I do believe that our passion for our calling often comes from the wounds we experience in our lives. I still remember vividly hearing that my father was hospitalized following a suicide attempt. I was 5 years old. He was 42. At the time I had little idea of what had actually happened, but I knew my father wasn’t home and I was sad and scared. Somewhere deep inside I wondered what happened to him, did it happen to other fathers, and would it someday happen to me?
These questions weren’t far from my mind when I went off to medical school in 1965 following a heated argument with my father ending with him screaming, “You’ll never be a good doctor if you won’t even take care of your own father.” I went into, and dropped out of, U.C. San Francisco Medical school within a two week span and found the path to my calling when I enrolled at U.C. Berkeley’s school of Social Welfare.
When my son, Jemal, was born on November 21, 1969, I made a vow to him that I would be a different kind of father than my father had been able to be for me and I would commit my life to helping make a world that was safer for fathers, their wives, and children. I now have five grown children and twelve grandchildren and I continue my commitment for their sakes and for all the other children and grandchildren in the world.
It was at Berkeley that I first learned that the suicide rate for men was 4 times higher than it was for women and later when I was getting my PhD in International Health that the suicide discrepancy was even higher as men got older. For men in their 60s the rate is 5 times higher than it is for women of the same age. For men in their 70s it is 8 times higher and for men in their 80s it is 14 times higher.
When I wrote my first book, Inside Out: Becoming My Own Man in 1980, I touched on my father’s depression and suicide attempt. But the memories were still too painful and confused for me to write about it in depth. It wasn’t until my 10th book, MenAlive: Stop Killer Stress with Simple Energy Healing Tools that I could write about what happened to him, how it impacted me, and what I now know we can do to keep men alive.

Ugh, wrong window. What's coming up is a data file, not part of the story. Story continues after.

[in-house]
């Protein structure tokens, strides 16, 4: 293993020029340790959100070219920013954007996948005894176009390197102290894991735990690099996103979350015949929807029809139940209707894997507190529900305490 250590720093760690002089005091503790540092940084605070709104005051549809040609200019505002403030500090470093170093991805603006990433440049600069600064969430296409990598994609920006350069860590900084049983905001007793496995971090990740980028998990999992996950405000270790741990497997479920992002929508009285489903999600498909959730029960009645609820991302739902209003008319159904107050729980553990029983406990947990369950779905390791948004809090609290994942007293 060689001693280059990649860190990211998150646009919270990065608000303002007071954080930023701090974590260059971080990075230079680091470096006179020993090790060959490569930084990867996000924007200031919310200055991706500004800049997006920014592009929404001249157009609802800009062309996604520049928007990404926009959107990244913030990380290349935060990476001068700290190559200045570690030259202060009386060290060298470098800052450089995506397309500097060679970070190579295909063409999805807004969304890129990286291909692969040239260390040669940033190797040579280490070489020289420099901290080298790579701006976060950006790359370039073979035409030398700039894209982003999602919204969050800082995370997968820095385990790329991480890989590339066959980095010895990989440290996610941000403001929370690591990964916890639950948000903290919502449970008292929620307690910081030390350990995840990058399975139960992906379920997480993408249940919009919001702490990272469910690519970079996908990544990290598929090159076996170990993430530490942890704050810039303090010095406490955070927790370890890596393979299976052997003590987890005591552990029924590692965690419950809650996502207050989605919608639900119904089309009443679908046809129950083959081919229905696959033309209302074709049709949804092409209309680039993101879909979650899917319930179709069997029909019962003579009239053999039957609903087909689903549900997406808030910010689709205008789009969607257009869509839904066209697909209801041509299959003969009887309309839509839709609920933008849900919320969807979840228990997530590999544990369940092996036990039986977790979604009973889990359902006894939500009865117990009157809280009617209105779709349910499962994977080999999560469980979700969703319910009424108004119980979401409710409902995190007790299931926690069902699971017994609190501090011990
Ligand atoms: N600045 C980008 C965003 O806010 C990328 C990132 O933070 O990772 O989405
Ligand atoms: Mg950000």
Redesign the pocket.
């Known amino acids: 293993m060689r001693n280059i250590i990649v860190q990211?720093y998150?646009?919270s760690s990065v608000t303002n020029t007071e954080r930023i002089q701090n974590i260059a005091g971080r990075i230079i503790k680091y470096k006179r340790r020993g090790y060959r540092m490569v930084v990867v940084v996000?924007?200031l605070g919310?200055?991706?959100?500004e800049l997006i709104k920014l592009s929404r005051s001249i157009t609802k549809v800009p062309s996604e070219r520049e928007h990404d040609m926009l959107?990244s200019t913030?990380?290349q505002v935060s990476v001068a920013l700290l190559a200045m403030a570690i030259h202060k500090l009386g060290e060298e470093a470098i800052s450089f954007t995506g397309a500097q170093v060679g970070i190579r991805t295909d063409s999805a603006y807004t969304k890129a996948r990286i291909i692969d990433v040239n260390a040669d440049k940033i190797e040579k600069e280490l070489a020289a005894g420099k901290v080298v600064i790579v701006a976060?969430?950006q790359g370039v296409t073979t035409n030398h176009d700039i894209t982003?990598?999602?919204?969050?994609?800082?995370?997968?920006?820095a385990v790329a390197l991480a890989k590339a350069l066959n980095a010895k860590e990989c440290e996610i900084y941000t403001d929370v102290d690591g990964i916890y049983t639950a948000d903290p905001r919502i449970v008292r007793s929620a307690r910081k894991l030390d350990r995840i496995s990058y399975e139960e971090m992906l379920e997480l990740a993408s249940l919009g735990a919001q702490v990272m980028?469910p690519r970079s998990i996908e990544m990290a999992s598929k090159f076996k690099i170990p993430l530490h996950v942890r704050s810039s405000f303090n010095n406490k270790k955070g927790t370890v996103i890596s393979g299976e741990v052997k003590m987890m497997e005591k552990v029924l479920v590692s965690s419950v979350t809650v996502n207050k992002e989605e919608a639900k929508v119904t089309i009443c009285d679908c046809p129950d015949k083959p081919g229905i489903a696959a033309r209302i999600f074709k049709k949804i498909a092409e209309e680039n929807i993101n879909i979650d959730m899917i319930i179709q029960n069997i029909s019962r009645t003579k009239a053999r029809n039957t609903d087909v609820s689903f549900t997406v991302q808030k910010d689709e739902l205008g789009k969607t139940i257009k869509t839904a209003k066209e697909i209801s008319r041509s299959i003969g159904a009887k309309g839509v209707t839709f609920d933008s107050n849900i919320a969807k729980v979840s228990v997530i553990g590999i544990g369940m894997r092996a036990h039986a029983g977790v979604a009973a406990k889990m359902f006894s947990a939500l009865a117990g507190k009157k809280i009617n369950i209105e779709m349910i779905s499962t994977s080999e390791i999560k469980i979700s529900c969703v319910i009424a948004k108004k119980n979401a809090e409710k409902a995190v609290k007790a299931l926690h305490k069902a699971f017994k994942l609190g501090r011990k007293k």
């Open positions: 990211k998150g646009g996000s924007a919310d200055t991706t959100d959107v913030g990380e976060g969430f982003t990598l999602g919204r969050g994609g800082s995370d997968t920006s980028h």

Most of us know men who have killed themselves and we know even more men who didn’t die physically, but have died emotionally and spiritually. I have struggled with depression in my own life and have faced those bleak nights when I didn’t want to wake up, thought my family would be better off without me, and I just wanted the pain to go away. Too many men suffer in silence, or with irritability, anger, and rage. Too many women and children suffer because of the absence of their men.
My colleague Randy Nesse at the University of Michigan says, “if we could make male mortality rates the same as female rates, you would do more good than curing cancer.”
Quite simply, this is why I have written the books I’ve written and created this website. I have a vision of keeping 1,000,000 men alive who would otherwise die in body, mind, or spirit. I know I can’t do it alone, but I know there are a lot of people in the world who share my passion and want to help men, and the women and children who love them, to live long and well.
I’ll be writing regular blog posts and look forward to engaging with you. It means taking some risks to be vulnerable and to open our hearts and minds to each other. I’ll be honest, it wasn’t easy writing this first blog. A little voice whispers, “no one will want to hear about these things…it’s too depressing…people are too busy with their own lives to respond.” But there is another voice that says, “We can save the lives of a million men and their families, if we share our experiences, expertise, hopes, and passions. What could be better than that?” I look forward to hearing from you.